MOOCs (massive open online courses) are highly interactive online courses open to all on the World Wide Web. Some use [open ... Show Full Abstract
- Proceedings: EADTU 25th anniversary conference 2012: the role of open and flexible education in European higher education systems for 2020: new models, new markets, new media
Educational models are changing increasingly. More universities are embracing open and flexible learning and as a consequence, the creation of international student markets is becoming a reality. The Conference presents the most recent results of task forces and projects with regard to quality assurance in e-learning; networked curricula involving strategic partnerships between universities; online or virtual mobility; and knowledge sharing with business.
Educational models are changing increasingly. More universities are embracing open and flexible learning and as a ... Show Full Abstract
Conference name: European Association of Distance Teaching Universities' Annual Conference
Corporate authors: European Association of Distance Teaching Universities
Geographic subjects: Europe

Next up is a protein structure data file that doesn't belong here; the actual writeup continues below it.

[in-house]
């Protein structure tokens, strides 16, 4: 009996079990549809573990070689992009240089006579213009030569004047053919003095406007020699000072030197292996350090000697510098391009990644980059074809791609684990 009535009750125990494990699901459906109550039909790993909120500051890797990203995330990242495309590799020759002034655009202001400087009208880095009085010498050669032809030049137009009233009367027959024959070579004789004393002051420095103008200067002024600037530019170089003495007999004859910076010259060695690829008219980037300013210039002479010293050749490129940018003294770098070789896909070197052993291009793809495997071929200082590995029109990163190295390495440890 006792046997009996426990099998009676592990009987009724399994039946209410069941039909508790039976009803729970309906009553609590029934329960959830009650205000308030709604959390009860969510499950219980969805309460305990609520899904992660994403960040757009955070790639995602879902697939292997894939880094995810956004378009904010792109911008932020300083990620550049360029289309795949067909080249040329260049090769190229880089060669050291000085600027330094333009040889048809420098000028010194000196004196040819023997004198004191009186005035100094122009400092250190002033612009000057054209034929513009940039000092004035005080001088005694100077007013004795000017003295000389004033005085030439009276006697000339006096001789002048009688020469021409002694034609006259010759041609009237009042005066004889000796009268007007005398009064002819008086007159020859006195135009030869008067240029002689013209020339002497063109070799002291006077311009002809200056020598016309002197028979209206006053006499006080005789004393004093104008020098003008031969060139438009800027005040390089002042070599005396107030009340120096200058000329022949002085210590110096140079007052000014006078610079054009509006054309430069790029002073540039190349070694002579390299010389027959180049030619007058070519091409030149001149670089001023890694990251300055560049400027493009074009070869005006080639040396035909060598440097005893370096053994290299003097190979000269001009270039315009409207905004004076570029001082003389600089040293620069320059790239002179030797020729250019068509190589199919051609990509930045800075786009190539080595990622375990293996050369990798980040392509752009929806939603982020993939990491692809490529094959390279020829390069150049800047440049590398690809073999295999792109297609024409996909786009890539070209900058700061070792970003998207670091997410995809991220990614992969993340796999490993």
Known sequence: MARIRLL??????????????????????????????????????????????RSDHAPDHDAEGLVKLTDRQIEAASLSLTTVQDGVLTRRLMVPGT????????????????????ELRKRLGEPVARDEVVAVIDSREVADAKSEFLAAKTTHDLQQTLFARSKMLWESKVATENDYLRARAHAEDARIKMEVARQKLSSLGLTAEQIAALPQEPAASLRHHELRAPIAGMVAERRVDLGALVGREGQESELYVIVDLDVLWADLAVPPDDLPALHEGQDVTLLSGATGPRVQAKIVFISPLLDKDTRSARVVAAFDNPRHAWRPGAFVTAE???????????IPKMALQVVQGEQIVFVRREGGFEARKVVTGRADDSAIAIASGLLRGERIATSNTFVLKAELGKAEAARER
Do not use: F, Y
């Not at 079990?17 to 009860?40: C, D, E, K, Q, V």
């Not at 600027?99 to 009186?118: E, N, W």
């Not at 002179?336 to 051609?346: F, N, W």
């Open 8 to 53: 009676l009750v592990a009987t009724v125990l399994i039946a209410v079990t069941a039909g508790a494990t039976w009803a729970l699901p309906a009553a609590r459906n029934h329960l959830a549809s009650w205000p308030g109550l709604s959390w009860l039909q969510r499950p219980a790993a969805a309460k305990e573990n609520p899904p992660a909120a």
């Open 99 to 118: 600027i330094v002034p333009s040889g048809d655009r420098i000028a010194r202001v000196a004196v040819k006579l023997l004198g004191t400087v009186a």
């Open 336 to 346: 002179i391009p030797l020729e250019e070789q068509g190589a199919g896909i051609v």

Resource type: Conference
Subjects: Higher education; Teaching and learning; Technology;
- Higher Educators Advancing the Disability Standards - Universities online Project
The Disability Standards for Education (DSE) were published in 2005 to clarify the obligations of Australian education providers under the Disability Discrimination Act (1992) which seeks to eliminate discrimination against people with disabilities. The key object of the DSE is to establish processes and structures aimed at enabling students with disability to engage in education on the same basis as all other students. This means that a student or prospective student with disability is given opportunities and choices which are comparable to those for students without disabilities. HEADS-UP (Higher Educators Advancing Disability Standards – Universities online Project) is a consortium of agencies which has developed an e-learning resource for Australian universities to ensure they are aware of and meet their obligations under the DSE. The resource consists of a suite of eight interactive lessons which were evaluated for effectiveness at the University of Canberra and the Australian National University. The final product is freely available to all Australian universities.
The Disability Standards for Education (DSE) were published in 2005 to clarify the obligations of Australian education ... Show Full Abstract
- The MOOC: what the research says